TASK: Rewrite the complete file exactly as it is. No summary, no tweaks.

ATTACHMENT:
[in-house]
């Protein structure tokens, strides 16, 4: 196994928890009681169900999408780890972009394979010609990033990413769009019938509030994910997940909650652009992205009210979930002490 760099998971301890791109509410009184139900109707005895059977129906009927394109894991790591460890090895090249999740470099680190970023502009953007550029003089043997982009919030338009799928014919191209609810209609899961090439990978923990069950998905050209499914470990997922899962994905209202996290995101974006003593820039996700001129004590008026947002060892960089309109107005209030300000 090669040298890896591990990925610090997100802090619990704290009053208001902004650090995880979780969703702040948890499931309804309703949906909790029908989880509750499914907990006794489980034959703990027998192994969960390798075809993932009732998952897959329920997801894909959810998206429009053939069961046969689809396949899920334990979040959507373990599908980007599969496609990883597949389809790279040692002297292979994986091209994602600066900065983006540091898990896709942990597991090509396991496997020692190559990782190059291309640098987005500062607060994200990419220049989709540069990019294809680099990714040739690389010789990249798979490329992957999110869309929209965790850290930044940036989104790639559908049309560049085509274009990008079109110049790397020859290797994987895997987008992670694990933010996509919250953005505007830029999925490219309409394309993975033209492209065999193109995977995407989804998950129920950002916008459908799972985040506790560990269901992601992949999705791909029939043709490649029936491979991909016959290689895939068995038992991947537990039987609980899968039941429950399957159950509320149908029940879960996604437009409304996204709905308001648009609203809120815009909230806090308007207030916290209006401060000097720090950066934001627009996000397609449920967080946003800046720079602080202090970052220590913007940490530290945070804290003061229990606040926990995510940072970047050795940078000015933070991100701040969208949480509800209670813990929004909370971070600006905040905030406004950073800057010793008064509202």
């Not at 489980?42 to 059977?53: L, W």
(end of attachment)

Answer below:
[in-house]
């Protein structure tokens, strides 16, 4: 196994928890009681169900999408780890972009394979010609990033990413769009019938509030994910997940909650652009992205009210979930002490 760099998971301890791109509410009184139900109707005895059977129906009927394109894991790591460890090895090249999740470099680190970023502009953007550029003089043997982009919030338009799928014919191209609810209609899961090439990978923990069950998905050209499914470990997922899962994905209202996290995101974006003593820039996700001129004590008026947002060892960089309109107005209030300000 090669040298890896591990990925610090997100802090619990704290009053208001902004650090995880979780969703702040948890499931309804309703949906909790029908989880509750499914907990006794489980034959703990027998192994969960390798075809993932009732998952897959329920997801894909959810998206429009053939069961046969689809396949899920334990979040959507373990599908980007599969496609990883597949389809790279040692002297292979994986091209994602600066900065983006540091898990896709942990597991090509396991496997020692190559990782190059291309640098987005500062607060994200990419220049989709540069990019294809680099990714040739690389010789990249798979490329992957999110869309929209965790850290930044940036989104790639559908049309560049085509274009990008079109110049790397020859290797994987895997987008992670694990933010996509919250953005505007830029999925490219309409394309993975033209492209065999193109995977995407989804998950129920950002916008459908799972985040506790560990269901992601992949999705791909029939043709490649029936491979991909016959290689895939068995038992991947537990039987609980899968039941429950399957159950509320149908029940879960996604437009409304996204709905308001648009609203809120815009909230806090308007207030916290209006401060000097720090950066934001627009996000397609449920967080946003800046720079602080202090970052220590913007940490530290945070804290003061229990606040926990995510940072970047050795940078000015933070991100701040969208949480509800209670813990929004909370971070600006905040905030406004950073800057010793008064509202």
């Not at 489980?42 to 059977?53: L, W």